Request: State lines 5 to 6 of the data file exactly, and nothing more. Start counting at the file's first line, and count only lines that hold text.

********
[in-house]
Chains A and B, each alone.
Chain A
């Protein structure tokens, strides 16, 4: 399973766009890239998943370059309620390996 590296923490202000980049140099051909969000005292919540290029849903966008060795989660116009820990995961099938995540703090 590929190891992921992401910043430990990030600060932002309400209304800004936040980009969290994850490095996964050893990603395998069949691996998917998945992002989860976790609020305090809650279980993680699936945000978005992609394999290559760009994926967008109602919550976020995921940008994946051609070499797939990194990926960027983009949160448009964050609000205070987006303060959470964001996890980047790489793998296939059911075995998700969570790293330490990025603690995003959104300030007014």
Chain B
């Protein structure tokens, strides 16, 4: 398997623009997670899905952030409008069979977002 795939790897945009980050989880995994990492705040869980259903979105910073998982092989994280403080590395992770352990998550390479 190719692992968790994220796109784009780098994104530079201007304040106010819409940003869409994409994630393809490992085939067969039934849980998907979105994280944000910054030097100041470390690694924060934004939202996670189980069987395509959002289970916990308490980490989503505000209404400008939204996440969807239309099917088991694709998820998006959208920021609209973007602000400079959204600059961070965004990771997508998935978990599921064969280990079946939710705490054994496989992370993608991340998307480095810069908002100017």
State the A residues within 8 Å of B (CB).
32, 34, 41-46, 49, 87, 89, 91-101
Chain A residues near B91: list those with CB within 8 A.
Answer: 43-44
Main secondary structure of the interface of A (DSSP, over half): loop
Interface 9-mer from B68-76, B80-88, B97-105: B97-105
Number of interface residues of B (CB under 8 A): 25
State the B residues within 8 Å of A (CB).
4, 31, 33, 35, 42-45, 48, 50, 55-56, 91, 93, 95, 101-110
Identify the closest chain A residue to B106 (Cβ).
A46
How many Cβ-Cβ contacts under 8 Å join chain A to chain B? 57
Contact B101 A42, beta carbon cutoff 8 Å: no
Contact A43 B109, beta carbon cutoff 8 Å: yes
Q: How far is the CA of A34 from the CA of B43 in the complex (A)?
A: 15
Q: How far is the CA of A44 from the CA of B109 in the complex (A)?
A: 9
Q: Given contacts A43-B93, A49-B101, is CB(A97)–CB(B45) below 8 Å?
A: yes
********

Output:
Chain B
């Protein structure tokens, strides 16, 4: 398997623009997670899905952030409008069979977002 795939790897945009980050989880995994990492705040869980259903979105910073998982092989994280403080590395992770352990998550390479 190719692992968790994220796109784009780098994104530079201007304040106010819409940003869409994409994630393809490992085939067969039934849980998907979105994280944000910054030097100041470390690694924060934004939202996670189980069987395509959002289970916990308490980490989503505000209404400008939204996440969807239309099917088991694709998820998006959208920021609209973007602000400079959204600059961070965004990771997508998935978990599921064969280990079946939710705490054994496989992370993608991340998307480095810069908002100017």